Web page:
Post by Category : Dog Training

5 Training Tips for Reliable Recall  0

Reliable Recall Training | MassachusettsThe most important behavior you need to teach your dog can also be one of the hardest– recall. You want to be able to rely on the fact that if an emergency ever arises and you need your dog to come– now– they will listen. So what is the best way to make sure your pooch’s recall command is reliable? Here are five tips to help you get started with this important behavior!

1. Don’t use the word “come.” We say “come” to our dogs all the time without ever really thinking about it. At this point in your dog’s life, they have most likely heard this word enough that they have also learned to ignore it. Pick another word that you rarely use, and start training with that as the command. Toss a treat a few feet away so your dog goes after it, call out your new word for recall, and reward your pooch when they come back to you. This is how you teach successful reliable recall.

2. Don’t use your new recall word in a situation where you know your dog will not listen. If you are at the Dog Park and need your pooch, put the leash on him and walk him out instead of trying to call him to come to you.

3. Along the same lines, don’t use your recall word to call your dog and then have him do something he doesn’t like to do. If you need your dog to come so you can put him in the crate and leave for work, or if you need him to come so you can get in the car and go to the vet, approach your dog and put him on leash instead of calling him.

4. When you call your dog and he does come make sure you always have high quality treats to reward him. You want your dog to know that obeying this command will get him a great reward every time, and he will be more likely to listen when he hears that magic recall word.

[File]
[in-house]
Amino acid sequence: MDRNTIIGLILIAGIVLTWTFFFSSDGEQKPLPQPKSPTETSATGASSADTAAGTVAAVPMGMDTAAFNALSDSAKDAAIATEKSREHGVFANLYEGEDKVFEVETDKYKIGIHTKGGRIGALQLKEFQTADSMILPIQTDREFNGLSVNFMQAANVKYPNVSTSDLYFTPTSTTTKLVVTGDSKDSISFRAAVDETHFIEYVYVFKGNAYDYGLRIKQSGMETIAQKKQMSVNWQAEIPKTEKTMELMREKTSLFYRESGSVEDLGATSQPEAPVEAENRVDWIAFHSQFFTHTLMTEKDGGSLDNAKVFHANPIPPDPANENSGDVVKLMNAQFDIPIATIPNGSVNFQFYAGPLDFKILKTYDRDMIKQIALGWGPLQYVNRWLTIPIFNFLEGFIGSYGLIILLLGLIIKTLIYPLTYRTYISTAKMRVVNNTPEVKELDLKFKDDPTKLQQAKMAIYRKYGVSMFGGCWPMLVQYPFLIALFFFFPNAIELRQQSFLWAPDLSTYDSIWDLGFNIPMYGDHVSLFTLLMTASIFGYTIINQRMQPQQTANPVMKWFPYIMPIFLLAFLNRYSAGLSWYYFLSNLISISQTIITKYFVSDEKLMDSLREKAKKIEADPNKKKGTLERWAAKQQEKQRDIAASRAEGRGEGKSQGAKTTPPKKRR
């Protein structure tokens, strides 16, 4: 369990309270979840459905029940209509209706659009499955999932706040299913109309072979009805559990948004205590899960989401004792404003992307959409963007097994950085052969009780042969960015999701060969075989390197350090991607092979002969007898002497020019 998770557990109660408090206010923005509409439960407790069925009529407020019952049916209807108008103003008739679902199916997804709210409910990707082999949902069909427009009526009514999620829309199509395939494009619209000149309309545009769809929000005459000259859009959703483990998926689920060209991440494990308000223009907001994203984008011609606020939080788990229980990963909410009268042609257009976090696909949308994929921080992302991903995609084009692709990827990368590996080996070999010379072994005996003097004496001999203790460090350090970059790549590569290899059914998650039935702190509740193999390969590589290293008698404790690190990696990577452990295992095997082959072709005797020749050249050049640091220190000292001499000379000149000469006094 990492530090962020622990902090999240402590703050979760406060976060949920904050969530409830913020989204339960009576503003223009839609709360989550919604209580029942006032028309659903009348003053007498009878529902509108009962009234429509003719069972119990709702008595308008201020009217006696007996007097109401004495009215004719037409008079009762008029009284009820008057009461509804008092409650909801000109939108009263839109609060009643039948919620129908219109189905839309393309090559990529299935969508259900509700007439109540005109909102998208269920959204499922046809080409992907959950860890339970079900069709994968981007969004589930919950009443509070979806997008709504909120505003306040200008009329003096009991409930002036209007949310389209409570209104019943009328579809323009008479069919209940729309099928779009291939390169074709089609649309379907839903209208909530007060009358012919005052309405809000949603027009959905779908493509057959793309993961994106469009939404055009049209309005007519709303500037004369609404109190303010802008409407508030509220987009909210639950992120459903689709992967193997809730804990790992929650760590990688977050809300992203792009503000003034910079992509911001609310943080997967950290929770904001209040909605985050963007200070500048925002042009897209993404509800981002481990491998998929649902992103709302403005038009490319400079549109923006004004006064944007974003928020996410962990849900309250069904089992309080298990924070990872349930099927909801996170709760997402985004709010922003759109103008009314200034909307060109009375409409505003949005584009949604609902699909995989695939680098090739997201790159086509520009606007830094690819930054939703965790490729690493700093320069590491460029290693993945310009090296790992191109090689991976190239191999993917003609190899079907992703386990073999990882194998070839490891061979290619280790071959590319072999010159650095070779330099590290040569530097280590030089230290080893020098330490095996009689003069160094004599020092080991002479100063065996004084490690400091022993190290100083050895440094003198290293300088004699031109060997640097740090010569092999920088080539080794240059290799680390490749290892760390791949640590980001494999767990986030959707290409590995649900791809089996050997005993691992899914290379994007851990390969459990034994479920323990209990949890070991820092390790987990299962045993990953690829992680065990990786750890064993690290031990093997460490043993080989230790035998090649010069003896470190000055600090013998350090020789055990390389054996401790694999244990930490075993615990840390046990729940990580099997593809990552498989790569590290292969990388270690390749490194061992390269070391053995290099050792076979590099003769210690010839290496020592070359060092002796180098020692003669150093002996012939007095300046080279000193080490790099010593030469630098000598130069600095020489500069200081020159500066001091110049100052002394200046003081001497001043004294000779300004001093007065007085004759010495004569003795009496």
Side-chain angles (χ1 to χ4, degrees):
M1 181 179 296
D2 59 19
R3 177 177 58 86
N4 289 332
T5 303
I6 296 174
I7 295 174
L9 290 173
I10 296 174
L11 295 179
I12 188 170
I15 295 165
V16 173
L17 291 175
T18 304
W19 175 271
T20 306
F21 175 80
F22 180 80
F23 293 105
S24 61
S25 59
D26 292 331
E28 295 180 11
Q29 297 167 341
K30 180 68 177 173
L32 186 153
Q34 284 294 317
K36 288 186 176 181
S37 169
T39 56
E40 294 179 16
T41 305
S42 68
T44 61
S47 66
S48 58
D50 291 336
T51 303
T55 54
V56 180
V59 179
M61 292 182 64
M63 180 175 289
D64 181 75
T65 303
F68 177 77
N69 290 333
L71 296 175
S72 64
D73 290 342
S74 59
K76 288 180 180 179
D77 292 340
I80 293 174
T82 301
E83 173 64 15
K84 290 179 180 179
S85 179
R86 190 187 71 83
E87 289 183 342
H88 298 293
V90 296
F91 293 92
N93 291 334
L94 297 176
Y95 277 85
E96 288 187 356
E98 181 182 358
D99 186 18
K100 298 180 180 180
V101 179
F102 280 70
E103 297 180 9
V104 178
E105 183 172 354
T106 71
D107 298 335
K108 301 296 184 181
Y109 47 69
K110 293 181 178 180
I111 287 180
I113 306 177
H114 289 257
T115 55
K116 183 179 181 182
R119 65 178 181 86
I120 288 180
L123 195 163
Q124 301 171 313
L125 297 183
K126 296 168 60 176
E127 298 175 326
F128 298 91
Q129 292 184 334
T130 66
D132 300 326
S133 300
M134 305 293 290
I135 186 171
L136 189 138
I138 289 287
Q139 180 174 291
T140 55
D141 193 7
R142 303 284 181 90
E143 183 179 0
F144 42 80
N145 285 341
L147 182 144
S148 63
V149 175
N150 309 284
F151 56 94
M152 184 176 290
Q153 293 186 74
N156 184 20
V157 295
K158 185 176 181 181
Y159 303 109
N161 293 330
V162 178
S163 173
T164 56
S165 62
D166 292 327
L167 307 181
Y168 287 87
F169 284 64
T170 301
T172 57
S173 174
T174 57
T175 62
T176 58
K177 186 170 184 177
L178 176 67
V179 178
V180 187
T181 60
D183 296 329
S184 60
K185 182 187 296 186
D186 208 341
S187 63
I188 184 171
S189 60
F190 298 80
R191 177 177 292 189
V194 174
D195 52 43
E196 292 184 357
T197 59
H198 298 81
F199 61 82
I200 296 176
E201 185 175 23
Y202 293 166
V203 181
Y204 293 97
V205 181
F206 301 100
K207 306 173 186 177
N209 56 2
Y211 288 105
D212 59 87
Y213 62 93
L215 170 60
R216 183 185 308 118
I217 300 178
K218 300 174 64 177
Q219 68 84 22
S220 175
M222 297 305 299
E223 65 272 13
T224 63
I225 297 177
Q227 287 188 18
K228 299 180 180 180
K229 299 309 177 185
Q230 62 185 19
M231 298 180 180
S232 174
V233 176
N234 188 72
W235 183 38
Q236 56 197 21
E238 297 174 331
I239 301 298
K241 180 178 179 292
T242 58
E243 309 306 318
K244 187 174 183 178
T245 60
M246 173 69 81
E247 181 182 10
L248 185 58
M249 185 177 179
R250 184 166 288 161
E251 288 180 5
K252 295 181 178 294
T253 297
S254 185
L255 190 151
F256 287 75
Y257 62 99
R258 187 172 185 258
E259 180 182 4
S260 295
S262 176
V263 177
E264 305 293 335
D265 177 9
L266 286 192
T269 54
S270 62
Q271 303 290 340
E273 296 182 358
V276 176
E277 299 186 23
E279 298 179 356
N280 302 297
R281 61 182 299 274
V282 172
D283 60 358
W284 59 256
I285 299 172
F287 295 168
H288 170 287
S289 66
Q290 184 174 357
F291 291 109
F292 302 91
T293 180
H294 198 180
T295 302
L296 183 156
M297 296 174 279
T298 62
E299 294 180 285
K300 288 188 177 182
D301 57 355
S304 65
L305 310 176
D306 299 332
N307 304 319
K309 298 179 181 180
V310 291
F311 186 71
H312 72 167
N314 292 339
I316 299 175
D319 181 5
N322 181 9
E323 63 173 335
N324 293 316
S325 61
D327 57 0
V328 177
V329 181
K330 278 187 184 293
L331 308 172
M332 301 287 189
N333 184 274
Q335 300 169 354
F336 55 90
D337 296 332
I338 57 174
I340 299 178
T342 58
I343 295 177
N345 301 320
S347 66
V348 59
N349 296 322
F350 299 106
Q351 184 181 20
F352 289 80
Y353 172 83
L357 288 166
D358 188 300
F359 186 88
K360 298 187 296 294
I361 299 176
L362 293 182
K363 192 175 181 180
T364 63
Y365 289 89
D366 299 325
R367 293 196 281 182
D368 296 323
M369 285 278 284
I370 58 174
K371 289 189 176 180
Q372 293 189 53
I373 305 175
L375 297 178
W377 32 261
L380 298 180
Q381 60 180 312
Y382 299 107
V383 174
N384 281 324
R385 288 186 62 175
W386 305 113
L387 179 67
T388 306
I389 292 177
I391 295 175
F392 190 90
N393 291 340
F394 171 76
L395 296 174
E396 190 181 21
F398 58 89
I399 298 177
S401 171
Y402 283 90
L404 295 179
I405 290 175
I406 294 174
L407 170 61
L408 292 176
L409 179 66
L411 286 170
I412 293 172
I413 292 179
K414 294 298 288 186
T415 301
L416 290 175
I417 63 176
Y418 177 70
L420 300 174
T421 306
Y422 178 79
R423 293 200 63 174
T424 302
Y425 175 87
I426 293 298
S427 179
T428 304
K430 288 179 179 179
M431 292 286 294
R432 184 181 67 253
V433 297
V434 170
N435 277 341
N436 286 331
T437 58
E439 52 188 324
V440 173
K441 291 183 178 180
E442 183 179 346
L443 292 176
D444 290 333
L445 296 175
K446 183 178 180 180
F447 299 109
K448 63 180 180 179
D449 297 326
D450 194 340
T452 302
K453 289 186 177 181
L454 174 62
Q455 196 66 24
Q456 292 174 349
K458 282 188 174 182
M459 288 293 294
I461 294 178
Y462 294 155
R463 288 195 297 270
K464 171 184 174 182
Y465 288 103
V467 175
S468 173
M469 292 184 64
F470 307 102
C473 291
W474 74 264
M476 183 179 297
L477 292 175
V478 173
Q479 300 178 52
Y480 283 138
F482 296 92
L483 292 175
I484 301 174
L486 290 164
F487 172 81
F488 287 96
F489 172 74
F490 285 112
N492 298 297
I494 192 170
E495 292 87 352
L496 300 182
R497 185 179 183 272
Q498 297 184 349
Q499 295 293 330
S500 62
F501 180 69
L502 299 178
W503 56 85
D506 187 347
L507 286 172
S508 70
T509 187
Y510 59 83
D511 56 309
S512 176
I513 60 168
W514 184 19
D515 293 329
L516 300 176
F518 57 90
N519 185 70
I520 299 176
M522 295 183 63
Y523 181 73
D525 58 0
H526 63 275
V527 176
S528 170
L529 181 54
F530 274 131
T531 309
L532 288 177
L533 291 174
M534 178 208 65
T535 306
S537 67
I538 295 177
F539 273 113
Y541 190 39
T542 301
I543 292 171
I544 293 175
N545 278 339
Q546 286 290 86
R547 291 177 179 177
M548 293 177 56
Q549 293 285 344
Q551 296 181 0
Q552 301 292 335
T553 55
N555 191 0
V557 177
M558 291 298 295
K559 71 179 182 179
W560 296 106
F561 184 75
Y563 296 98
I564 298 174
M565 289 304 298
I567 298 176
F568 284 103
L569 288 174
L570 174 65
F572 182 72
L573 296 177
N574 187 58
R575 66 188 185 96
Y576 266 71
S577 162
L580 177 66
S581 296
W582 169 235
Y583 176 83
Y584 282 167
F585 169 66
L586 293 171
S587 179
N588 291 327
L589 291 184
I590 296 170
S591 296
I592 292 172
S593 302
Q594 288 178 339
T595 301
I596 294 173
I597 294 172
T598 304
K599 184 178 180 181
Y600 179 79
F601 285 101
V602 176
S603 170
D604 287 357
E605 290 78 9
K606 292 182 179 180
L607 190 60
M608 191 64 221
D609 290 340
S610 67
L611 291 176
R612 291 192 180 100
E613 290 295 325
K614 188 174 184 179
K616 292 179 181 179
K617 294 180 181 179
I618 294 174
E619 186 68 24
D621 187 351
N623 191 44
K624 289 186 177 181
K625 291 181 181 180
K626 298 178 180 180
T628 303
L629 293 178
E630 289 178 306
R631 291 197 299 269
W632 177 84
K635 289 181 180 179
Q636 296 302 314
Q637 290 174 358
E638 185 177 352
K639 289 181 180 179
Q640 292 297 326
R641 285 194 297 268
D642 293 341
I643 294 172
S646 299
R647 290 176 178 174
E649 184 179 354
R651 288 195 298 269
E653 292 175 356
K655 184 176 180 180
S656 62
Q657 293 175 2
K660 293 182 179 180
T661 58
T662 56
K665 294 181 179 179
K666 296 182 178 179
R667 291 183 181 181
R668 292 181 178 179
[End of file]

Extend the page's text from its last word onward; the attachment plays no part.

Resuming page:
5. Practice often, and in many different situations. You can work on this command in the house, in the yard, and even on leash when you’re out for a walk. More is always better!

Don’t be discouraged if your pooch doesn’t catch on right away. Reliable recall takes a lot of practice but will be more than worth all the work in the long run!

 

About the Author: Jessica Vezina is a certified dog trainer, working with animals full-time at Manypaws Pet Villa in Westport, MA. When she is not at work, Jessica does occasional volunteer work, and enjoys spending time with her three cats, and rescue dog named Stella. She can be contacted at vezinadogtraining@gmail.com and/or 508-642-4863.

How to Teach Your Dog the Drop It Command  0

Drop It CommandTelling your dog to “Leave it!” before they can pick something up is one thing– but what about having them let go of something that is already in their mouth? I find this to be a very hard behavior to teach a dog, because why in the world would they want to give up something awesome?

The answer is simple– they will give it up for something better!

In order to teach your dog to “drop it” when they have something like the remote control, your shoes, or part of your dinner, you have to perfect the behavior with things they are allowed to have. You can teach this behavior with a toy or a bone.

Next time your pooch is chewing on their favorite Nylabone, grab a tasty, smelly treat. Put the treat in front of their nose, and chances are they will drop what they have in their mouth to take the treat. While they are chewing, pick up whatever it is they dropped. And then– give it back!

The importance in giving your dog their toy back a couple of times is to show them you are not taking away the item forever, or they will catch on and become unwilling to drop a prized possession for food. Of course, when that prized possession is your shoe, you won’t give it back. But since that is not what normally happens, they won’t take it too personally.